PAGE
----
Location: Seattle, Washington, United States

What you have here is an old guy. In education for 30 years, started teaching elementary, ended as library and media director of community college. I've enjoyed mountain climbing, sports car rallying, was pipe major of a bagpipe band, played guitar and sang during the folk revival, walking and hiking later in life. Now fairly sedentary. Enjoy reading, esp. mysteries and fantasy, but my reading is pretty eclectic. Enjoy movies, giving Netflix a workout.

Monday, February 20, 2006

Two Tales of One City

With apologies to Charles Dickens: I’ve just read two books about Venice almost back to back. The first was Venetian Tales by Jane Turner Rylands. This was a book of short stories which got a pretty good review in the Seattle Times. Rylands is a longtime resident of Venice and her husband is the director of the Guggenheim Museum in Venice. I found the stories fairly average. They were undoubtedly based upon acquaintances of Rylands or Venetian characters who are well known. They were well-written but seemed New Yorkerish, interesting but sometimes going nowhere.

I followed that up with The City of Falling Angels by John Berendt, the author of Midnight in the Garden of Good and Evil. This was a non-fiction about Venice. It opens with the fire which destroyed La Fenice, the opera house. There are stories about the investigation of the fire, whether it was arson or negligence, the bids for reconstruction and the rebuilding. Meanwhile there is a large section about Save Venice, an organization which helps save buildings and art works. Its membership is largely wealthy Americans and Berendt details the struggle for power within the organization. And to link with the previous book, there is much about Ezra Pound, the poet, his mistress, Olga Rudge, a concert violinist, and the aforementioned Jane Turner Rylands, who sort of schemed her way into Rudge’s life and founded the Ezra Pound Foundation. Rylands and the Ohio lawyer who drew up the incorporation papers outvoted Olga Rudge and spirited the papers of Pound away, ultimately selling them to Yale University for $100,000. The aging Olga Rudge saw $7,000 of that money. Not a kindly story that Berendt tells.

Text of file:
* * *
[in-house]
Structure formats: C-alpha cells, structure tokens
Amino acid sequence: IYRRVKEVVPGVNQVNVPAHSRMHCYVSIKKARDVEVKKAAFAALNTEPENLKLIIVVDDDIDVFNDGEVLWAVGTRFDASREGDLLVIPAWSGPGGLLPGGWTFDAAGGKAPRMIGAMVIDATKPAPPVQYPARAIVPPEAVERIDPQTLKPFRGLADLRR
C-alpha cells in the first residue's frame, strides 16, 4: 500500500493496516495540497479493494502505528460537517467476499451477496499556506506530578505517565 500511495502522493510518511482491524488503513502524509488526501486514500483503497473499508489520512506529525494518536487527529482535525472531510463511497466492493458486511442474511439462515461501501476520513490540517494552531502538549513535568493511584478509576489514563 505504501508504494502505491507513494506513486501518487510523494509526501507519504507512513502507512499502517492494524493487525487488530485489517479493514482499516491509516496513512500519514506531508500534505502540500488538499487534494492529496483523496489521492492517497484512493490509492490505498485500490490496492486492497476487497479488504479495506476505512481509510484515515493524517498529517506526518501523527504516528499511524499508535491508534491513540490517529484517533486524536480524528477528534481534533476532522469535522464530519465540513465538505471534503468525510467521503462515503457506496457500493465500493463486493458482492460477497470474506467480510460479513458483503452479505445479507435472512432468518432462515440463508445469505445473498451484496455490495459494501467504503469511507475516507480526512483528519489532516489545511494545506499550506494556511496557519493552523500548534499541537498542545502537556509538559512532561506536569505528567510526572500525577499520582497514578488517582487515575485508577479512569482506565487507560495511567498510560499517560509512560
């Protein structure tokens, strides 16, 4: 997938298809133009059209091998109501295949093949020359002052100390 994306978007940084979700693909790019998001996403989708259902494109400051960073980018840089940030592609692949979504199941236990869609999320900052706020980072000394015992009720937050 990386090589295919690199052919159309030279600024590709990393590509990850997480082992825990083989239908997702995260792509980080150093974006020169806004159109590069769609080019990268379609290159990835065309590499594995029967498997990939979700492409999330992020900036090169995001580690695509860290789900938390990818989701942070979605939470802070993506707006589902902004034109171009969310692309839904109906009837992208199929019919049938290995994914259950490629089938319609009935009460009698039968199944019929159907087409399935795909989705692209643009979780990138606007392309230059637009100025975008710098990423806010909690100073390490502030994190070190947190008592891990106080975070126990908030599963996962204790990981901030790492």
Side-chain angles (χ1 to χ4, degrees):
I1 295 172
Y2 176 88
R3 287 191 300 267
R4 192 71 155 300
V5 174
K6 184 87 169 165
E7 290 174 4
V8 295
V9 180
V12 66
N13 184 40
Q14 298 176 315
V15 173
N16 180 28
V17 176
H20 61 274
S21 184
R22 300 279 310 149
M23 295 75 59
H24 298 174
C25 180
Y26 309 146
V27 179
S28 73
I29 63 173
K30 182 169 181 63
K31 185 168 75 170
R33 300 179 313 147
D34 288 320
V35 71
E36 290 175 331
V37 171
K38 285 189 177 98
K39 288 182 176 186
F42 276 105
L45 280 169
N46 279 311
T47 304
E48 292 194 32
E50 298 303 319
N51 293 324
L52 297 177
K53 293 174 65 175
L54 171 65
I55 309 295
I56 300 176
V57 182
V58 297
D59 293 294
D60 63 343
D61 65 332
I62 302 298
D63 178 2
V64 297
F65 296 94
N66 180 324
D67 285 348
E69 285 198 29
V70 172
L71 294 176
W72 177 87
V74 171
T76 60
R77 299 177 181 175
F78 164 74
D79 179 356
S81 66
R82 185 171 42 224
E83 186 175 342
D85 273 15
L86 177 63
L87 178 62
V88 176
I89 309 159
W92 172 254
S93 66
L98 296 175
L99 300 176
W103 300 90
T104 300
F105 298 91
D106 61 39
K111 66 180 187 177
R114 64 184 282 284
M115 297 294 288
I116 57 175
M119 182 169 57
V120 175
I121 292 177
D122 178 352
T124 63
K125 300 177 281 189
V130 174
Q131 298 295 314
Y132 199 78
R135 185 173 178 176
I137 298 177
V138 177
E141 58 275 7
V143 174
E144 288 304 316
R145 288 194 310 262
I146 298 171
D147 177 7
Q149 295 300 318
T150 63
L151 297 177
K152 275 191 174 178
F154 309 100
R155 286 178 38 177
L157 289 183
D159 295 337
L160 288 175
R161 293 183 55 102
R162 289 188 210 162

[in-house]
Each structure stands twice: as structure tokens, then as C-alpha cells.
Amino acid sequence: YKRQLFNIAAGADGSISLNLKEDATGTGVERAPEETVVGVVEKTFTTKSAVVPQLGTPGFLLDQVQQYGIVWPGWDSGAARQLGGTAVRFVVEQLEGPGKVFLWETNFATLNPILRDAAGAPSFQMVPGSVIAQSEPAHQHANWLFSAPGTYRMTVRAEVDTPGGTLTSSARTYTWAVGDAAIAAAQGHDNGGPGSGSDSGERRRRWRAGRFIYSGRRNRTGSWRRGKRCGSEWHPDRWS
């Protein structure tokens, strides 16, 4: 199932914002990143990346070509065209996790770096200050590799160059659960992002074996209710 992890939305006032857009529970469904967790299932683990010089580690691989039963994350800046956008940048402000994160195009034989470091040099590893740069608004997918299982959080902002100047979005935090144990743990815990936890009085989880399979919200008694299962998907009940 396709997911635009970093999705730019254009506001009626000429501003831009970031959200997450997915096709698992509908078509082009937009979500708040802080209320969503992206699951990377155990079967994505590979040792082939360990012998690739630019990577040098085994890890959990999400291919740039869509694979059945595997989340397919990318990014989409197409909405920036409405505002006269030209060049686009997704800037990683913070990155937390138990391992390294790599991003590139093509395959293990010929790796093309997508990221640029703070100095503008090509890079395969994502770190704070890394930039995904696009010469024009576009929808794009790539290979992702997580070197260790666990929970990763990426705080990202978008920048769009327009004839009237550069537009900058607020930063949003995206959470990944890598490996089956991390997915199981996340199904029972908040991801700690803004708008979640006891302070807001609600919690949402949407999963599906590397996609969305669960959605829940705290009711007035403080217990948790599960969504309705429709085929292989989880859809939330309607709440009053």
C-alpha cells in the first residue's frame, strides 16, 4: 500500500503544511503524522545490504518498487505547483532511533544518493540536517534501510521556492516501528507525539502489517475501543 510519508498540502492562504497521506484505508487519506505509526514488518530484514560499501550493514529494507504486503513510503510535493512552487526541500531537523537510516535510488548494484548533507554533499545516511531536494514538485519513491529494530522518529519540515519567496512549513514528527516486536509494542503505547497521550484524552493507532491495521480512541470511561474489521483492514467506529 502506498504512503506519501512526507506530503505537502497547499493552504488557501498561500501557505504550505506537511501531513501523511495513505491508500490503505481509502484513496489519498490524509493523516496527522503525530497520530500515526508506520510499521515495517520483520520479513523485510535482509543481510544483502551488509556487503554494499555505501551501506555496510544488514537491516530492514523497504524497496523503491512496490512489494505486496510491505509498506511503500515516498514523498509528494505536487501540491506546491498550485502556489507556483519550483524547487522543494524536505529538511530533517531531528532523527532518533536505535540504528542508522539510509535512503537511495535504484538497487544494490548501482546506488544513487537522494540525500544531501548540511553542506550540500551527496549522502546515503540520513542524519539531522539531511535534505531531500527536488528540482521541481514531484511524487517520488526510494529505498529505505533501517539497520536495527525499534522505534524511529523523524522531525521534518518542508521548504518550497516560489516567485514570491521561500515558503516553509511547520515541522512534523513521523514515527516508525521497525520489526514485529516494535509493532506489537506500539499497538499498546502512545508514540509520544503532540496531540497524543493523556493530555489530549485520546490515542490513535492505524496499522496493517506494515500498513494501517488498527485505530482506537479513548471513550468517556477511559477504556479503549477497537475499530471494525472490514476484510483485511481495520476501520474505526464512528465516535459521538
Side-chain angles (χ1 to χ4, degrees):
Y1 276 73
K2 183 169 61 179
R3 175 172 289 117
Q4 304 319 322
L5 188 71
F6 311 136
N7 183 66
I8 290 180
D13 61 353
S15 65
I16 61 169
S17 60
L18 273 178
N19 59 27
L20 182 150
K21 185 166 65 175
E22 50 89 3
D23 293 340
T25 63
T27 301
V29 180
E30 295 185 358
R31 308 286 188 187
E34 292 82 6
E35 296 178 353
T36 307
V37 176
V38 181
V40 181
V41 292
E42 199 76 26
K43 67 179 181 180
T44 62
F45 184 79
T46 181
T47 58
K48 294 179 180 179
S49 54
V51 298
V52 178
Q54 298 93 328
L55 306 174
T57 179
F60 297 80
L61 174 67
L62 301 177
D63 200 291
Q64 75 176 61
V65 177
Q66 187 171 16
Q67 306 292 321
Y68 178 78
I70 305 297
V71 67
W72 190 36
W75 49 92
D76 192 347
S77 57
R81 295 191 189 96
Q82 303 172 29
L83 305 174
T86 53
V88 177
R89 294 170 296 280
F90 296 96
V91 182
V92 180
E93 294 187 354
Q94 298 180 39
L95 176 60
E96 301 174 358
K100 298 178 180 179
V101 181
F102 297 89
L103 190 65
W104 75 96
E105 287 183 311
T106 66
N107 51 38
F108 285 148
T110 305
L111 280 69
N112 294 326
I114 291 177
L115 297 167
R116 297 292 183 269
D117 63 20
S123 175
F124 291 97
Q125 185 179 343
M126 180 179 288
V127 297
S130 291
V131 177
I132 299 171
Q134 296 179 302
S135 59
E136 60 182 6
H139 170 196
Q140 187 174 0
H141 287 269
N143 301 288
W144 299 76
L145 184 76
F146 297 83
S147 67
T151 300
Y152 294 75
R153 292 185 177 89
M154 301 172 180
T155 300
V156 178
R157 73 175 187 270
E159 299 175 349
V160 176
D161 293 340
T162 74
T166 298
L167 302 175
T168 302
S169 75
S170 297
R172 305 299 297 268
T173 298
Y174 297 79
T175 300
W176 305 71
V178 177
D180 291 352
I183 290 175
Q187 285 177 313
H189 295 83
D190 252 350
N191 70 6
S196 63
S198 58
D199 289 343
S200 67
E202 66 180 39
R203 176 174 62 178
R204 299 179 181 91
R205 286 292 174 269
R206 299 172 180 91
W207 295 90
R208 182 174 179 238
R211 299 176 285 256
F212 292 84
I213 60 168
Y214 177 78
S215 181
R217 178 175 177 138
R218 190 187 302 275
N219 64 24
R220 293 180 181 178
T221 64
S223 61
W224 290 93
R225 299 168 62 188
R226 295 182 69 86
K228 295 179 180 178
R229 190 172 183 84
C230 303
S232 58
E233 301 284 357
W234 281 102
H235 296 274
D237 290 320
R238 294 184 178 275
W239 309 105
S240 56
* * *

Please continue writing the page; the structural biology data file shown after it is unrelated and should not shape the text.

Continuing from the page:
Other stories are about the simple man with the uniforms of police, firemen, medical aid helicopter personnel and many more who was busy directing the various forces in fighting the opera house fire; the rat poison magnate, who formulates said poisons for various parts of the world based upon human eating habits, various expatriates who have lived in Venice for a long time, the glassblower who spent his last years in recreating the fire in glass vase, the poor poet who left a million dollar estate and the prosecutor responsible for the investigation into the fire. I found The City of Falling Angels a much more fascinating book than Ryland’s book of short stories. And forgive me for my enthusiasm for books about Venice. The city fascinates me though I have never been there. There are also some very good mysteries set in Venice written by Edward Sklepowich.


Blogger adamosf said...

Venice is our last planned stop after our brief tour of Italy following the wedding we are attending on Capri. Perhaps I should read Berendt's book before the trip for a bit of background. Of course, we will also be in Naples, Rome, and Florence, which could lead to a lot of pre-trip reading. :)

3:09 PM  

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